Here’s an Irish student systematically savaging a terrible sounding fantasy book. She does a few things here I really like: 1. Offer the author a pass since it was originally a self-published title, but criticize the publisher and editors who picked it up for not doing anything to fix it. 2. Dissect Sullivan’s ignorance of Early Modern grammar. 3. Summarize the book in a lengthy write up that is undoubtedly more entertaining than the book itself. It might be a little mean, but sometimes it’s really fun to read someone just lay in to a bad book (or movie), and besides team Sullivan comes out looking like chumps more than anything. Good stuff.
This review is comprehensive to say the least. Read it if you want the skinny on Boudinot’s career and an overview on slipstream fiction in addition to a review of this book. It’s actually a pretty informative overview, so the review is worth the read just for that. Also, this book sounds pretty cool, and Di Filippo reviews it aptly. I like lines like this in reviews:
Boudinot takes this finely wrought but perhaps thematically underpowered mimetic-absurdist vehicle and drops in a rocket-powered speculative engine.
I’m pretty sure I saw Nico with this book not too long ago, so I’ll leave the C4 judgment to him. Look for his review sometime soon.
A collection of “work [from] more than 50 zombie poets” might be a fun read. Who knew there were any “zombie poets,” let alone fifty? I’m not very well-versed (sorry) in modern poets, so I’ve never heard of any of those Grimes mentions or quotes, but poetry readers sould give it a gander and see if there’s anyone they recognize. And for those who still like zombie books like I do, the review’s a short but interesting read in its own right.
It’s been a while since I did one of these holiday recommendation posts. Back in 2009 I shared the likes of Poe, Lovecraft, Shelley, Stoker, and King, as well as the classic Scary Stories to Tell in the Dark. Here’s some more spooky reading to keep you busy over the weekend.
(Where possible I’ve linked to free ebook downloads.)
My favorite Gothic novel. It’s perhaps the most atmospheric book I’ve ever read. Udolpho reads a bit like a Jane Austen novel, but with tons of eeriness. And it’s a good story to boot. Gloomy castles, dark forests, mysterious strangers, it’s all here.
Speaking of Jane Austen and eeriness, this book inserts a whole bunch of zombies into Austen’s classic novel. I really enjoyed this book, and it saw a lot of ssuccess and praise. Unfortunately, due to this things got a little out of hand at Quirk.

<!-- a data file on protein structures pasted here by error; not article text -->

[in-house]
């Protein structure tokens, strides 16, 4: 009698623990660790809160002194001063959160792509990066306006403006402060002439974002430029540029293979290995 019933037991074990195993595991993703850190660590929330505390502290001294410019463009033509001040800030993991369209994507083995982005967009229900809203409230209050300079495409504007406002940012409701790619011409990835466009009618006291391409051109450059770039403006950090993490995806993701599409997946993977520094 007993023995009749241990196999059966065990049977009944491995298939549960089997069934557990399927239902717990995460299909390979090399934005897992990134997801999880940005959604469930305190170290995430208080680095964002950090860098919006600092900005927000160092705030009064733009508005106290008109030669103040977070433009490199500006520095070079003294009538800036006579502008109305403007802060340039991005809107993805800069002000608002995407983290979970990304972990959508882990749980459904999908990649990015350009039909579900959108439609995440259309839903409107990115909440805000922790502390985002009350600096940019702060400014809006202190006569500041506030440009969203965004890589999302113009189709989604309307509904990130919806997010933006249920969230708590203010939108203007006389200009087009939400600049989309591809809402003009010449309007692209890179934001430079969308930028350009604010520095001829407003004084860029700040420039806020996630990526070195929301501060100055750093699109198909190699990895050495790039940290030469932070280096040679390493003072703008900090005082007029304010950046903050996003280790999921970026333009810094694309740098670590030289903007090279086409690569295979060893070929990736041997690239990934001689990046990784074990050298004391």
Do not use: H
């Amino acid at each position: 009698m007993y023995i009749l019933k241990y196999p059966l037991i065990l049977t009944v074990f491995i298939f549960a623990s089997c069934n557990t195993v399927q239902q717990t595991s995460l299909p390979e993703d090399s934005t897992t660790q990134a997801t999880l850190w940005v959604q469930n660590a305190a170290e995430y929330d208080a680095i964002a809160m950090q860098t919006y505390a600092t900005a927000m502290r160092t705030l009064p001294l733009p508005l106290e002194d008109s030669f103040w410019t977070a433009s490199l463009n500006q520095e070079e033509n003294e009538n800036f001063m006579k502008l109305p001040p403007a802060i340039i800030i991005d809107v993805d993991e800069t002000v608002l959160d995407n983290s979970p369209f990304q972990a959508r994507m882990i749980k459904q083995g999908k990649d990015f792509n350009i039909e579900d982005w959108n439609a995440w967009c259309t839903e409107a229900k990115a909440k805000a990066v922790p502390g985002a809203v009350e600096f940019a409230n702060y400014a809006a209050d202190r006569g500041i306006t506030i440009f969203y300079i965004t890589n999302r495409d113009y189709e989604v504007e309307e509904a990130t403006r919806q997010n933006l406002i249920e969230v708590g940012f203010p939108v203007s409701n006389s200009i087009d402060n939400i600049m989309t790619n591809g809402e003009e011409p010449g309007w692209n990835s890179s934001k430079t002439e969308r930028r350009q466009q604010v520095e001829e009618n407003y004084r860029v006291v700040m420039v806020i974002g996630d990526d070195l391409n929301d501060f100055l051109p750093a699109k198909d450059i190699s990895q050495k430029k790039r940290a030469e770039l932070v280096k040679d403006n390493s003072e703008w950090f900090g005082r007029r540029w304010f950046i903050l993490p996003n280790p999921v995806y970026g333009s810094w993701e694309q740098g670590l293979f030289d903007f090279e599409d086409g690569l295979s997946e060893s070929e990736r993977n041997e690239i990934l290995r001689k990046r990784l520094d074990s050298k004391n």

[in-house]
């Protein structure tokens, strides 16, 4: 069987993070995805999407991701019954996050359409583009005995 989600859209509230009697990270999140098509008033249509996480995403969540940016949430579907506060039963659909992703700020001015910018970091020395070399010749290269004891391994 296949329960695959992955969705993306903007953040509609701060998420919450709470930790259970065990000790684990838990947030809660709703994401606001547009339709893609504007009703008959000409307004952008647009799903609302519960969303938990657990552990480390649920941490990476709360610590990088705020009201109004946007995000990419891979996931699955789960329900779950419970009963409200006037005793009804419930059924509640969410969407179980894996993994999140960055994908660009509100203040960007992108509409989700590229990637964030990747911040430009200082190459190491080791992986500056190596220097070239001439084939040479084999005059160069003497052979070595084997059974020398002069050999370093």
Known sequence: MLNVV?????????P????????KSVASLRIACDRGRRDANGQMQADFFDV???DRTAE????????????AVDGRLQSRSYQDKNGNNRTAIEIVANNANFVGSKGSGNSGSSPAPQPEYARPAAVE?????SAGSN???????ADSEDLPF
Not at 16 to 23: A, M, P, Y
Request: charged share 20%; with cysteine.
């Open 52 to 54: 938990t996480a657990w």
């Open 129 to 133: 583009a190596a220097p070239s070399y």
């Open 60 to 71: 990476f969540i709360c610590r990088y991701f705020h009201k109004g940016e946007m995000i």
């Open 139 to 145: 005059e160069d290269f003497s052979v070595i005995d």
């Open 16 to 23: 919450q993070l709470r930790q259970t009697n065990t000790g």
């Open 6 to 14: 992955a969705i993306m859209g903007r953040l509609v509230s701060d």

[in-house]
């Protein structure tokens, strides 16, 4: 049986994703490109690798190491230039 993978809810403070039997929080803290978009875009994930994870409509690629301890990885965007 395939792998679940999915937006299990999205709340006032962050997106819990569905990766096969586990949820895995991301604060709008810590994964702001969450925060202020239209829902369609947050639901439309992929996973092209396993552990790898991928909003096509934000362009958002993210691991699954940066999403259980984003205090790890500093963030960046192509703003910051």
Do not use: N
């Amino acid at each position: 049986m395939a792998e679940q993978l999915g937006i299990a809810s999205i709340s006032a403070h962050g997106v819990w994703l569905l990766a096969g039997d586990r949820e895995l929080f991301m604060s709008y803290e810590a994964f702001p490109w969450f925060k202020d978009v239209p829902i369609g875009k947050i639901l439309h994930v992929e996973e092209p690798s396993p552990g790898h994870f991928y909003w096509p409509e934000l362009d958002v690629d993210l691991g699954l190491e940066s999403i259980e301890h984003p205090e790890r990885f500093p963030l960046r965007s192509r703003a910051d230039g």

James’s writing takes a little warming up to, so if you haven’t read any classic literature in a while, be prepared for a pretty slow burn. But this book is well worth your patience. It’s a subtle and creepy Gothic ghost story.
House of Leaves, by Mark Z. Danielewsky
This one tends to fly under the radar, in part because it’s just so weird. It’s about a family that moves into a house and discovers a seemingly endless closet. Danielewsky does a bunch of experimental stuff with the print setting (font flipped around and all shapes and sizes, lots of marginalia), so this would never work as an ebook. But if you can find a copy, get it; it’s one of the best haunted house (I use that pretty loosely) stories I’ve ever read.
Probably the best mad scientists book there is (Frankensteindoesn’t count). A man shipwrecked on an island becomes the guest of a madman whose experiments on humans and animals result in freakish creatures. It is grotesque and horrifying.
This is a short, little volume collecting, as you might have guessed, three zombie stories. Each of these stories, all by Kelly Link and originally published in different books, is good in its own way, but what really makes the collection worth notice is its consistent originality. There aren’t really any shambling corpses, no survivors banding together in a boarded-up house. One of the stories doesn’t even have actual zombies–or any sort of supernatural element–in it. … Continue reading »
This collection isn’t quite what it sounds like: it’s not a bunch of stories about zombies and unicorns in battle. That would have been awesome. Instead it’s a collection of stories, some about zombies, some about unicorns. Each is preceded by a short dialogue between editors, each of which helms one of the two camps. The whole debate is pretty juvenile, even for a YA book, but that is, of course, to be expected to a degree considering the subjects at hand.